Pakistan - Karachi Naval Dock Attack: Jihadists' Attempt to Storm American Ship on 9/11 Thwarted by Pakistan Military
The newly formed Indian wing of Al-Qaeda made an attempt to launch an attack on the anniversary of 9/11, but the group's first ever attack mission ended in failure, a complete embarrassment to the branch launched only last week with much pomp and pageantry.The offshoot of the deadly militant outfit formed by Ayman al-Zawahiri, suffered a major setback when three of its fighters were killed and seven arrested thereby thwarting a major terror attack, reportedly aimed at destroying an American aircraft.
Heavily armed militants attacked a naval dock in Karachi's sea port last Saturday night in what seems to be their mission to first capture the dock and use the Navy missile system present in the vessel to target an American aircraft. But before they could execute their plans, Pakistan Navy overpowered them in a counter-ambush capturing many while killing others among the militants.
"It was a complete failure, they did not do any kind of damage, some were captured and we caught more, seven so far and may be more to come. They were well-equipped and came with the intention of taking a ship into their custody but they were caught in the initial stages," The Telegraph quoted a senior source close to the investigation, as saying.The Indian wing of Al-Qaeda, which was unveiled by Zawahiri last week in order to step up its competition with the growing hardliner Sunni militants, Islamic State, soon claimed responsibility for the attack on Thursday and revealed that Pakistan Navy had carried out the attack. It is not clear if the Navy men were themselves members of the outfit, or the attackers were disguised as navy members.
"The Naval officers who were martyred on Saturday in the attack on Karachi were al-Qaeda members. They were trying to attack American marines and their cronies", the group said in a statement as noted by reports.The statement further added that the militants had seized an American vessel but were thwarted by Pakistan navy troops. "The Pakistani military men who died defending enemies of the Muslim nation...are cursed with hell", they said.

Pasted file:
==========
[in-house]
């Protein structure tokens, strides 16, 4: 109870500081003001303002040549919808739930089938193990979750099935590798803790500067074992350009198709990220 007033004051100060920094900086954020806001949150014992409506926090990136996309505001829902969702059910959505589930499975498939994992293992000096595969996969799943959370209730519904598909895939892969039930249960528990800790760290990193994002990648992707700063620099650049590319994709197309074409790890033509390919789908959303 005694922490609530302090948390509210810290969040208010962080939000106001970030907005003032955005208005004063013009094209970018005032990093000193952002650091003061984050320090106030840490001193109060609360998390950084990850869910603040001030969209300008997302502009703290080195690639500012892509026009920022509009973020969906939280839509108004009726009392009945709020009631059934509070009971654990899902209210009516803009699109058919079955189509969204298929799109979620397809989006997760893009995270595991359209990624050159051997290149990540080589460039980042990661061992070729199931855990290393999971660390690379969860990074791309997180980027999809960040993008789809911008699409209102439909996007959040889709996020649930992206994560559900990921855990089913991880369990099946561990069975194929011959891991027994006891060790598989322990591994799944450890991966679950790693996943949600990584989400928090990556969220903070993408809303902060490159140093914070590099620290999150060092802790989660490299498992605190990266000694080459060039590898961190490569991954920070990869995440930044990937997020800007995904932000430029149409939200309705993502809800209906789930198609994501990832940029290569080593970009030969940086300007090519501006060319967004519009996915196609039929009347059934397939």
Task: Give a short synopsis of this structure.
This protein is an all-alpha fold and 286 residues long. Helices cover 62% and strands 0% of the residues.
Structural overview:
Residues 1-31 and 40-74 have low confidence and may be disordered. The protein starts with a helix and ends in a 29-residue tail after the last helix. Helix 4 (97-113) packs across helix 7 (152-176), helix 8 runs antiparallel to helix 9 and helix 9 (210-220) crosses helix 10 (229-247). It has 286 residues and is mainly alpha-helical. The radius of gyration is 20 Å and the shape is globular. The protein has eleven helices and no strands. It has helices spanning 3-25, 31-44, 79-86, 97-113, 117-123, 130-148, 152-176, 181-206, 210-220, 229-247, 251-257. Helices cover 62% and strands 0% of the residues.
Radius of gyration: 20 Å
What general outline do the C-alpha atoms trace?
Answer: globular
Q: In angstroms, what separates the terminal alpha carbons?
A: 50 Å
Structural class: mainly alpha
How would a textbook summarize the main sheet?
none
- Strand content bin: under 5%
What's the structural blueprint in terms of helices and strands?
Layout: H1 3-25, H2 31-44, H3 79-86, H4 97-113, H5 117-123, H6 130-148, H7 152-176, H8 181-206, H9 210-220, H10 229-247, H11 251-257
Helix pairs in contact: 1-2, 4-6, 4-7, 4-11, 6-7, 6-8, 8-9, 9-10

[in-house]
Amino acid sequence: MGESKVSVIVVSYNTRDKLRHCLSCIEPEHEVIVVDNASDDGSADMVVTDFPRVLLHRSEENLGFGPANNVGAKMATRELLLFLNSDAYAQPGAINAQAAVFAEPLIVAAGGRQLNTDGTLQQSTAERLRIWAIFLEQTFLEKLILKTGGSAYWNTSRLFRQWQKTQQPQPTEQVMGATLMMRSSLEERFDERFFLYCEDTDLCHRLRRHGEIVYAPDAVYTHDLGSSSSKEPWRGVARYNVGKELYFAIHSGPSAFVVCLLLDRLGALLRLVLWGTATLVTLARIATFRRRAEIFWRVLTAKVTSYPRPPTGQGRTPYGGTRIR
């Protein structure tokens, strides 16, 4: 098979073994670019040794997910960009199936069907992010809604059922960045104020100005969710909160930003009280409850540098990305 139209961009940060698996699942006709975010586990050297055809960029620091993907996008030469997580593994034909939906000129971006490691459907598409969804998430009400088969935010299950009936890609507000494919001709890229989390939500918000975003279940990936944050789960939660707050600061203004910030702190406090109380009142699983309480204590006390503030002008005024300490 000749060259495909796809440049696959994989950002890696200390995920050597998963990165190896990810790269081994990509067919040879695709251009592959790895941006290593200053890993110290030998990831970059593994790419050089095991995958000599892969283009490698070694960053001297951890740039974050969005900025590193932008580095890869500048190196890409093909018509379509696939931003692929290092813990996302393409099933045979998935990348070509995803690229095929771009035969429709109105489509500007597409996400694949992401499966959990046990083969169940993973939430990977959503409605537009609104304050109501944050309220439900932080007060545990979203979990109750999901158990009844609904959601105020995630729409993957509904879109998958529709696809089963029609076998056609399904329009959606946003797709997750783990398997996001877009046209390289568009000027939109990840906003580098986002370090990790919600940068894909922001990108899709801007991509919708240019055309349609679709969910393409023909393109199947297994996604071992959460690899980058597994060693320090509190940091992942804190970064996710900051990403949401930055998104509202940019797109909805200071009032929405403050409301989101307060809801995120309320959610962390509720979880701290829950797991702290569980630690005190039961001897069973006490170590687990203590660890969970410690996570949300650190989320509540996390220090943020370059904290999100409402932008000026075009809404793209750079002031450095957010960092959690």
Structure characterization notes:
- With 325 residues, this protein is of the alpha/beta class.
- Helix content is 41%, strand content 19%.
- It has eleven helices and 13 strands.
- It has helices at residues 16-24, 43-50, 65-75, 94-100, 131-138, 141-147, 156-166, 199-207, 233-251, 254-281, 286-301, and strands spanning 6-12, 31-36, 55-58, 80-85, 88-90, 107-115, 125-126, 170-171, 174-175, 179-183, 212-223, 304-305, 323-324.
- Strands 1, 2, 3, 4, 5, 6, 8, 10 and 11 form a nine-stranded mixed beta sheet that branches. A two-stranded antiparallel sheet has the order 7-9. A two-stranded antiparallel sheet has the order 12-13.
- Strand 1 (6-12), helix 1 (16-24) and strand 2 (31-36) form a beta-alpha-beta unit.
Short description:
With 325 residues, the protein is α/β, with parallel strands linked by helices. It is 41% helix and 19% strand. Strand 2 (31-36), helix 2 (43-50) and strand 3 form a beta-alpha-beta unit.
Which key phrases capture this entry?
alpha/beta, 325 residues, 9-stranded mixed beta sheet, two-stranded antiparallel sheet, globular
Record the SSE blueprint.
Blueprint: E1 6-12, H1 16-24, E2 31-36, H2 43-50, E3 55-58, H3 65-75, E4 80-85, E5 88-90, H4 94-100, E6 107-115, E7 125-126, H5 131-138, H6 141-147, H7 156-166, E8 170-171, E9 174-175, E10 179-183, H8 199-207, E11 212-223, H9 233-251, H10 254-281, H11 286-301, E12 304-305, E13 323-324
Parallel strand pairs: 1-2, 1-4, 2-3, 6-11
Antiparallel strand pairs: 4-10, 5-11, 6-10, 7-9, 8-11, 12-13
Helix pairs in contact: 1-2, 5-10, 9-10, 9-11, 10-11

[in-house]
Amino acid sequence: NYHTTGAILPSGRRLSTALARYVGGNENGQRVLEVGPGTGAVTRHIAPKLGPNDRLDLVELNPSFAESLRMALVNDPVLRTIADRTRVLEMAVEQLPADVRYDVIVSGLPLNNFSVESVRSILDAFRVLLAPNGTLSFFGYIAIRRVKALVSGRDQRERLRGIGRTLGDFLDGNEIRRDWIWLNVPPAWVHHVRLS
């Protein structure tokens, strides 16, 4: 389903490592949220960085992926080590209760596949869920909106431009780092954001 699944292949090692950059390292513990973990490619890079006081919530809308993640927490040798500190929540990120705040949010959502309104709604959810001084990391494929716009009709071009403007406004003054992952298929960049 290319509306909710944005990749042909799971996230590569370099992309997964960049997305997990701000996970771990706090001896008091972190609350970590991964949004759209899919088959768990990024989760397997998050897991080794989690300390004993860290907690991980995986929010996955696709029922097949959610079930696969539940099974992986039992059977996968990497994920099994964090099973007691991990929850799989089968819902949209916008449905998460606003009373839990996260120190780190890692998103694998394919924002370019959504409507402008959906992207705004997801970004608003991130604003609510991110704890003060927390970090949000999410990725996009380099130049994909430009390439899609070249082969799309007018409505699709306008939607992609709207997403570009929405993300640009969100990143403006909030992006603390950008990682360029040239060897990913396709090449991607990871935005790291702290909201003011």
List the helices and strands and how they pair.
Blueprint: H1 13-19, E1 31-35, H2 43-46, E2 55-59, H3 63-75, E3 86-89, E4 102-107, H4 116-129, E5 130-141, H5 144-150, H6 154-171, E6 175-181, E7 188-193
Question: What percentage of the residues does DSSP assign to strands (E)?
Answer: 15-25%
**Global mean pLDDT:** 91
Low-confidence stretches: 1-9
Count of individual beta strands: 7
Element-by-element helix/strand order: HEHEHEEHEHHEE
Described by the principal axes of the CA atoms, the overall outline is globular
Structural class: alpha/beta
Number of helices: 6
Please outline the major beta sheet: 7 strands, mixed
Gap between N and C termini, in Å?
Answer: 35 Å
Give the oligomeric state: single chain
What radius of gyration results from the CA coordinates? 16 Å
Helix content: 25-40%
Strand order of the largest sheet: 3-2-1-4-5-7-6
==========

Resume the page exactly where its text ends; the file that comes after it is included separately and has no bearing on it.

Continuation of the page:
Forget electoral crises and terrorism — Pakistan’s dangerous demographics might be its biggest threat.The Financial Times ran an interesting article a couple of days ago on the threat runaway population growth poses to Pakistan. According to the Population Council, a non-governmental organization based in New York, Pakistan’s population is projected to reach 302 million by 2050. Pakistan’s current population is around 200 million people while in 1947, the year it gained independence, Pakistan had only 33 million people. The article notes that Pakistan’s rapidly increasing population will strain its “natural resources (especially water), government services, infrastructure, and families,” all of which are already overburdened. The future economic and political consequences of this population growth are dire, especially since Pakistan has not experienced the type of economic growth or industrialization necessary to employ millions of young people. This is yet another example of how the Pakistani government’s failure to get its house in order and implement long-term developmental strategies is coming back to haunt it. Like many South Asian states, Pakistan’s state institutions are relatively weak, a problem compounded by the fact that it inherited little of British India’s institutions. However, instead of emphasizing governance and building up the capacity of the state, successive Pakistani governments have neglected economic development, industrialization, education, and government itself (in many tribal areas). As a result, Pakistan is ill-prepared to implement the sort of economic reforms needed to employ its entire population or implement the family planning strategies necessary to curb population growth. A comparison to Bangladesh is instructive. When both East Pakistan – today’s Bangladesh – and West Pakistan (today’s Pakistan) were one country between 1947 and 1971, East Pakistan had more people than West Pakistan. However, today, successful family planning policies in Bangladesh have led to an almost stable but gradually growing population of around 150 million people. Bangladesh’s success surprised many observers but is now widely upheld as an exemplar. Many of Pakistan’s neighbors, including Iran, have also managed to lower their fertility rates. The Indus valley and the Punjab region of Pakistan (Punjab means five rivers) are among the most fertile regions in the world. The world’s largest continuous irrigation system dominates the Indus valley. As a result, Pakistan has generally had a greater ability to generate and absorb a large population than many other countries with large fertility rates. However, Pakistan’s ability to sustain more people is reaching its limits. Unfortunately, Pakistan’s attitudes towards India often obscure the problem in Pakistan. On one hand, there is some belief that Pakistan can only challenge India with a large population; therefore, it is not in Pakistan’s interest to limit population growth. On the other hand, many in Pakistan seem to believe that Pakistan is actually just growing at a “normal” rate but is being sabotaged by Indian dams upriver. However, it is obvious to most observers, including many Pakistanis, that Pakistan’s rivers are drying up because there are simply too many people, resulting in too much demand for water and agriculture. There are indications, however, that many Pakistanis, both men and women, want to have fewer children but cannot do so due to a lack of knowledge or a lack of contraceptives. Additionally, family planning is not widely or openly discussed in Pakistan due to the influence of religious leaders. Pakistani politicians need to stop playing their game of thrones if they want to save their country. Ultimately, implementing necessary policies is more important than pursuing individual goals, as many of Pakistan’s political actors seem to be doing today. However, human nature being what it is and given that Pakistan in particular is so politically unstable, it is unlikely that the country’s demographic problem will be solved anytime soon. This is unfortunate because it means that Pakistan’s tendency towards extremism and violence will continue to grow as it is slowly beset by a host of other socio-economic problems.